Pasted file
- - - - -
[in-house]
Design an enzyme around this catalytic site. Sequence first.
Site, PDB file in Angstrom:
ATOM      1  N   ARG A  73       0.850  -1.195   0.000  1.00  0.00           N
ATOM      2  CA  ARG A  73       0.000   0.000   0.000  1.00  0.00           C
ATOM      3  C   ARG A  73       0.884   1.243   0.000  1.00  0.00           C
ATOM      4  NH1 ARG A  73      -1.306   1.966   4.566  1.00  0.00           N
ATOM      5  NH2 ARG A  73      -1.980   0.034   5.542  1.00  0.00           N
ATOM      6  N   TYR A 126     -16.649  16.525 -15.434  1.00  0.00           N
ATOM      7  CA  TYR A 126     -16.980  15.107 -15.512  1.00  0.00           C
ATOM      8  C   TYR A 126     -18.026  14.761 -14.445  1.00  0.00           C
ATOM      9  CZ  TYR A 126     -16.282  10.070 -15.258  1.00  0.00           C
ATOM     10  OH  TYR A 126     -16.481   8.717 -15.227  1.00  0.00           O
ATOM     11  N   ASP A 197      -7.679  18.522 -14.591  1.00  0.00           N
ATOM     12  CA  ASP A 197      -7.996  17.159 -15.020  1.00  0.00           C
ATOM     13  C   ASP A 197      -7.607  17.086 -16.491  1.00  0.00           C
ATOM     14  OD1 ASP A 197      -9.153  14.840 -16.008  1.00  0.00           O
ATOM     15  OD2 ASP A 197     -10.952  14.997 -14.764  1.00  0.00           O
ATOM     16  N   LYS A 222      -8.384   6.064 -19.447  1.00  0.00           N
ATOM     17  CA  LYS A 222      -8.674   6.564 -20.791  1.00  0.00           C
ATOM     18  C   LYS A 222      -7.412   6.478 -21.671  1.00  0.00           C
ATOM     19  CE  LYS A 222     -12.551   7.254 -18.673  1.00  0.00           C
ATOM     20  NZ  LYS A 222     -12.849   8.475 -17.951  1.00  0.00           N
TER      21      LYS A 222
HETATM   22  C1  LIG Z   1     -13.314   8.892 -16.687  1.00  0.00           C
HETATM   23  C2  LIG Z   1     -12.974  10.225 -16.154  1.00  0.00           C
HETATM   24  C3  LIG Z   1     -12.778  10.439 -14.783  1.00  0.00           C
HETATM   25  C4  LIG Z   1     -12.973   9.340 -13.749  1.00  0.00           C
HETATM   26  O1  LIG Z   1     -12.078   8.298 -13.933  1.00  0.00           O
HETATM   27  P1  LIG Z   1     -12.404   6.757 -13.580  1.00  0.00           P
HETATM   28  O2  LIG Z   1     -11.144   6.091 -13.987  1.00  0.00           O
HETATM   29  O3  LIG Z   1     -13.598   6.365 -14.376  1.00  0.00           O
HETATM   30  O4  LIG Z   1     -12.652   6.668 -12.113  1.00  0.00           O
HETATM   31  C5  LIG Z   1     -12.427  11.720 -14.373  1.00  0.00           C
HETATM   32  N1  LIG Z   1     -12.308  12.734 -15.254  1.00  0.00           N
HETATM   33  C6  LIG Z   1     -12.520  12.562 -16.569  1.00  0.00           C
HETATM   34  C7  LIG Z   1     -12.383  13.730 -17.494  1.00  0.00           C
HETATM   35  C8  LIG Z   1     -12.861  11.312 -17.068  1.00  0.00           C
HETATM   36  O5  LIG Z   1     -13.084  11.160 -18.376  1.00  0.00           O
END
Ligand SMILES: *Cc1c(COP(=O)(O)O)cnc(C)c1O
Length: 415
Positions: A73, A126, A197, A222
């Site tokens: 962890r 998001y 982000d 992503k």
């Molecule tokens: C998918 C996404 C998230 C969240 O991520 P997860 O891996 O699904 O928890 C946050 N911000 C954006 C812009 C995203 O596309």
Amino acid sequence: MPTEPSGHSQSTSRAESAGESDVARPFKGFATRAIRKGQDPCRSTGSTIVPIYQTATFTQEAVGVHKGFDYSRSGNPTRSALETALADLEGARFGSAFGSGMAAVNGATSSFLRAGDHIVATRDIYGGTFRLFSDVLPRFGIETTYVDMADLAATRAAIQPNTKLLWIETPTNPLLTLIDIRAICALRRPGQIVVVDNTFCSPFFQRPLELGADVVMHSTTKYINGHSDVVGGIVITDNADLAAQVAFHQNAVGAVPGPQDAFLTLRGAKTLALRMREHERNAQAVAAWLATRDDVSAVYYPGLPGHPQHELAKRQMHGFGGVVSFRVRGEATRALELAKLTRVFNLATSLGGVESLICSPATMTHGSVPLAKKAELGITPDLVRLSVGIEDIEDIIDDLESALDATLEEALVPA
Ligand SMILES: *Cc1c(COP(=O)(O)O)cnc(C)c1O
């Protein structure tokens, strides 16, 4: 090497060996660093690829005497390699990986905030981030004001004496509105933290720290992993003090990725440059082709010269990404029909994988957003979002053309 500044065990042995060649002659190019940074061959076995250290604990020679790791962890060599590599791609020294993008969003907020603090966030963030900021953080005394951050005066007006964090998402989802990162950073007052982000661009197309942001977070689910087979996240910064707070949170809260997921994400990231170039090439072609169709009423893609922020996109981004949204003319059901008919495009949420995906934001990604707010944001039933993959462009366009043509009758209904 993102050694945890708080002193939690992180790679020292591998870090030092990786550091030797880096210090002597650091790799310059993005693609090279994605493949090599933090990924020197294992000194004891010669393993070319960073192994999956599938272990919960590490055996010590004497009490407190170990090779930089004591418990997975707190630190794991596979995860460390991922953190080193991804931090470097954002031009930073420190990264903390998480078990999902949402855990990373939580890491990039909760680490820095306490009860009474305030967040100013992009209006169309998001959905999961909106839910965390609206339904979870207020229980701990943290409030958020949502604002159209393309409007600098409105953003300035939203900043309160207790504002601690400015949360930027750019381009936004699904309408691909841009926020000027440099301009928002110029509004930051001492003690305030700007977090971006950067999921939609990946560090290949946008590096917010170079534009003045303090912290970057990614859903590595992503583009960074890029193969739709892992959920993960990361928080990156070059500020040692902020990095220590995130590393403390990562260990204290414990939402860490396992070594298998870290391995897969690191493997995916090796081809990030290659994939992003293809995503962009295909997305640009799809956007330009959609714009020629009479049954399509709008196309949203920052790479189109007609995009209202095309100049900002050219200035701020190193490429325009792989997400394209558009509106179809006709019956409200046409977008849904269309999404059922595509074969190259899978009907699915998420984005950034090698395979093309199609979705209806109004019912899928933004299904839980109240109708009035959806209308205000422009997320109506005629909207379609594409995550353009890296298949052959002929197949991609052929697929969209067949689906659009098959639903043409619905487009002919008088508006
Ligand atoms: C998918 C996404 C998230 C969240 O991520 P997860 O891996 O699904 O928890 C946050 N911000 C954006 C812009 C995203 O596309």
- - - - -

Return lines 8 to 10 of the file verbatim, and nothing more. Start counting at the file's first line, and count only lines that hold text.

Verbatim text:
ATOM      5  NH2 ARG A  73      -1.980   0.034   5.542  1.00  0.00           N
ATOM      6  N   TYR A 126     -16.649  16.525 -15.434  1.00  0.00           N
ATOM      7  CA  TYR A 126     -16.980  15.107 -15.512  1.00  0.00           C